K-Pod: Margaret Cho
Margaret Cho needs no introduction. In 1994, the comedian was the first Asian American to have her own sitcom (All-American Girl, loosely based on her experience as a teenager growing up in San Francisco). After the show was cancelled, she returned to standup, where she built a reputation for her confessional, bawdy and subversive material, which targeted racism, homophobia, fat shaming, the entertainment industry, and most mercilessly, herself. From her Los Angeles home where she and her chihuahua, Lucia, have been sheltering during the pandemic, Margaret tells Catherine and Juliana about her minister grandfather, her dad’s deportation, becoming financially independent at age 18, a shaman’s surprising prophecy and her favorite K-dramas (Itaewon Class, Replay 1988, Mystic Pop Up Bar, Prison Playbook, Hospital Playlist, It’s Ok Not To Be Ok, Flower of Evil, Stranger 2).
K-Pod: Ben Baller & Jeanne Yang
Los Angeles-based siblings Jeanne Yang and Ben Yang have both made their mark on the fashion world, but in very different ways. Jeanne Yang is a highly sought-after stylist known for her work with Keanu Reeves, Robert Downey Jr. and Christian Bale.
K-Pod: Diana Son
Diana Son is a television writer and producer whose credits include The West Wing, Law & Order: Criminal Intent, Southland, Dirty John, Blue Bloods and Thirteen Reasons Why, where she served as showrunner. She first came to fame as a young playwright in 1998 with the acclaimed play Stop Kiss, which premiered at the Public Theatre and starred an unknown Sandra Oh. In a Zoom interview, Catherine and Juliana learn about Diana’s recent bout with Covid-19, her experience being the only Asian or Asian woman in countless writing rooms and her most recent project, an adaptation of the novel If I Had Your Face by Frances Cha into a series for Apple.
K-Pod: David Yoon
Author David Yoon became a breakout star in 2019 with his critically acclaimed YA debut novel, Frankly in Love, which hit the New York Times bestseller list and has also been optioned for a movie. In a Zoom interview, Juliana and Catherine talk to David about his path to becoming a writer, the “surreal” experience of seeing his first novel take off, and his partnership in love and literature with his wife, YA superstar author Nicola Yoon. (“I feel like I won the love lottery with her.”)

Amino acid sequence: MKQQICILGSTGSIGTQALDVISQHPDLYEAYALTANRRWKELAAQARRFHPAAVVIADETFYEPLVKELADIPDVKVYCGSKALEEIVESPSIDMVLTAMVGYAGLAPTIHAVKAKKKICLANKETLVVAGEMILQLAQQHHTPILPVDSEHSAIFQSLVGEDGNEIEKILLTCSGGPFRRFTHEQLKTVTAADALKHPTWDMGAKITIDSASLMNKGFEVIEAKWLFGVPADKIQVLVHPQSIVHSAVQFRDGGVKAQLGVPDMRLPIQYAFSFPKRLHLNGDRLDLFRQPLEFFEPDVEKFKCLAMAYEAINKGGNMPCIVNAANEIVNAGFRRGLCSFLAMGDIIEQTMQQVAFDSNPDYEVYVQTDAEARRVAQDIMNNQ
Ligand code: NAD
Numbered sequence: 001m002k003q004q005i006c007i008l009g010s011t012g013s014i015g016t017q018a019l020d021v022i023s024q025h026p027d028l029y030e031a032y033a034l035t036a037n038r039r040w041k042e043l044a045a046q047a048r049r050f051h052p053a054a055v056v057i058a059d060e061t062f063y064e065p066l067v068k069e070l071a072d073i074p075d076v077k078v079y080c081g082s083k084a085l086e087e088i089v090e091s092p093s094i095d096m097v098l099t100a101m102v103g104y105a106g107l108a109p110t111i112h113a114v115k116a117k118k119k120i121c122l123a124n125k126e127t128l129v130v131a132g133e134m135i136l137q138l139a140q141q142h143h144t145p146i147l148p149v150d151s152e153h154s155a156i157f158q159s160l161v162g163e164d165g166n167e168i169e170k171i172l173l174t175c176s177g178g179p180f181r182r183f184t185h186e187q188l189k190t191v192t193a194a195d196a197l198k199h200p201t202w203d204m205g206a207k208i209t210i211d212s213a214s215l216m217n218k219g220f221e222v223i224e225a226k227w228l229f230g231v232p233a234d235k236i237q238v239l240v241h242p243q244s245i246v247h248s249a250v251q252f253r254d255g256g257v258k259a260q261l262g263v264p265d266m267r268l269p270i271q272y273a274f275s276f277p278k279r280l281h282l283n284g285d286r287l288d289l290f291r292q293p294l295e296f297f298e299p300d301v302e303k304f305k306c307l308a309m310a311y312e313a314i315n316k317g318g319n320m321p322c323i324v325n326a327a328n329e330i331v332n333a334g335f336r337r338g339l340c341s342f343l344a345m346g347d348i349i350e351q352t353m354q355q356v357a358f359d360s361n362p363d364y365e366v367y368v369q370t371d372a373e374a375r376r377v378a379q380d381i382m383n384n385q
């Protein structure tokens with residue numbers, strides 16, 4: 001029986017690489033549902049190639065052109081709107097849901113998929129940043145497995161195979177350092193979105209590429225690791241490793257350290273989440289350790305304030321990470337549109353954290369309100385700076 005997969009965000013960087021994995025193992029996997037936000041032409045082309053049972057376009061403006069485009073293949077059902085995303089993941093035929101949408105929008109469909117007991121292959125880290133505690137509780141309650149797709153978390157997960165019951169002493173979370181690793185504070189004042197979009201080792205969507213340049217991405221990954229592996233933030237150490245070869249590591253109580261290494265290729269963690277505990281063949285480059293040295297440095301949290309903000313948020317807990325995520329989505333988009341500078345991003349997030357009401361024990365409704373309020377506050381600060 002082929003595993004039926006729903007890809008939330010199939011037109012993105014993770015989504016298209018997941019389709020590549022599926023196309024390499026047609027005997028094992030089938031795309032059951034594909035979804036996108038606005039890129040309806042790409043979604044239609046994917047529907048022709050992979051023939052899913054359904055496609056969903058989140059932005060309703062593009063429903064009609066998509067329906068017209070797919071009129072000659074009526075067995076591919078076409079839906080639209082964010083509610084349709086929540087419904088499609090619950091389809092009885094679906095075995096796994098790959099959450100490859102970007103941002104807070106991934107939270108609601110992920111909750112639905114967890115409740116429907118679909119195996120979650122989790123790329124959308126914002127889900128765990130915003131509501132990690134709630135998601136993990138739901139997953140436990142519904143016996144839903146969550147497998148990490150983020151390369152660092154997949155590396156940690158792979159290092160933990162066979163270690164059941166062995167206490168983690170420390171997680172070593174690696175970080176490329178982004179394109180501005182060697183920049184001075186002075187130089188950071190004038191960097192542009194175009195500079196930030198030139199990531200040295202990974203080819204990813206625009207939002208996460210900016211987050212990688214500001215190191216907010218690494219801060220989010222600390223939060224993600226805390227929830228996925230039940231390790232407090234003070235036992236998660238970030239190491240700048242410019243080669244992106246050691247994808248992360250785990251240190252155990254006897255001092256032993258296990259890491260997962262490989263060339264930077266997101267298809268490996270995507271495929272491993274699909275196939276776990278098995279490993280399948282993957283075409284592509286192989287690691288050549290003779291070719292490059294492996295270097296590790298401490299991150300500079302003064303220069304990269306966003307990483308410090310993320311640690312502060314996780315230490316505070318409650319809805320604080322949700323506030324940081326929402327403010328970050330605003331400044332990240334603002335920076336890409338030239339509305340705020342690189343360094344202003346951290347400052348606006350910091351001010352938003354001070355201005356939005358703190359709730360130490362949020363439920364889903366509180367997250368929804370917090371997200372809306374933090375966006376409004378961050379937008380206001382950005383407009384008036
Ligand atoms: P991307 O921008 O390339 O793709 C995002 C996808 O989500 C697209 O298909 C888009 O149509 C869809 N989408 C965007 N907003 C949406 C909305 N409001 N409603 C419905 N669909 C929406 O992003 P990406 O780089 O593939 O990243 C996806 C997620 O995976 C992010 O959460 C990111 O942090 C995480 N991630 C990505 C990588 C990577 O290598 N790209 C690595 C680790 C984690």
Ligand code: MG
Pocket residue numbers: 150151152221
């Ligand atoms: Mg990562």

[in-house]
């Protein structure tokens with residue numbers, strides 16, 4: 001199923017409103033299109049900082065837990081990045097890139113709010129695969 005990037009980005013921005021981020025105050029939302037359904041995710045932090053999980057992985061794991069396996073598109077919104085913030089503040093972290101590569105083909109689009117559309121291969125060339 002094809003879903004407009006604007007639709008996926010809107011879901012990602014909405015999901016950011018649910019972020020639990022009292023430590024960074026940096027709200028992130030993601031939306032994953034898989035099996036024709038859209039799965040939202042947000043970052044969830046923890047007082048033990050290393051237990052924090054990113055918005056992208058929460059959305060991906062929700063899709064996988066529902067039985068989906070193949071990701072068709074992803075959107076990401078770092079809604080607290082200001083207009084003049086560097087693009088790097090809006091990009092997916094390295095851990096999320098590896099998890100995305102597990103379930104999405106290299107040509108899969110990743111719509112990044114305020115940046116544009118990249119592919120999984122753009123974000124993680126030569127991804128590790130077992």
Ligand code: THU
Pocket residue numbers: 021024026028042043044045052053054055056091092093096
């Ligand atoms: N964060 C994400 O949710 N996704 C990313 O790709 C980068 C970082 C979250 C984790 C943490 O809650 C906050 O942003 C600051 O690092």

K-Pod: Ashley Park
Ashley Park is a Tony, Grammy, and Emmy-nominated musical theater actress who has dazzled Broadway audiences with her performances in Mamma Mia, Sunday in the Park With George, The King and I and Mean Girls. She has also appeared in Netflix’s Tales of the City and off-Broadway in KPOP and Grand Horizons. But Park didn’t waltz her way into stardom without struggle. As a teenager in Ann Arbor, she was diagnosed with acute myelogenous leukemia, necessitating eight months in the hospital. Ashley tells Catherine and Juliana about how her passion for performing fueled her recovery and shares some of the secrets to her success.
Juliana Sohn has photographed portraits, interiors, food, travel, and documentary for New York Times, T Style Magazine, Teen Vogue, Vanity Fair and many others. Her personal work highlights the stories of young people. Check out her website at julianasohn.com.
Catherine Hong has worked as an editor at Vogue, Allure, Harper’s Bazaar, Us Weekly, W magazine, and InStyle. These days she’s a freelance writer focusing on design, food and children’s books. Check out her website at catherine-hong.com.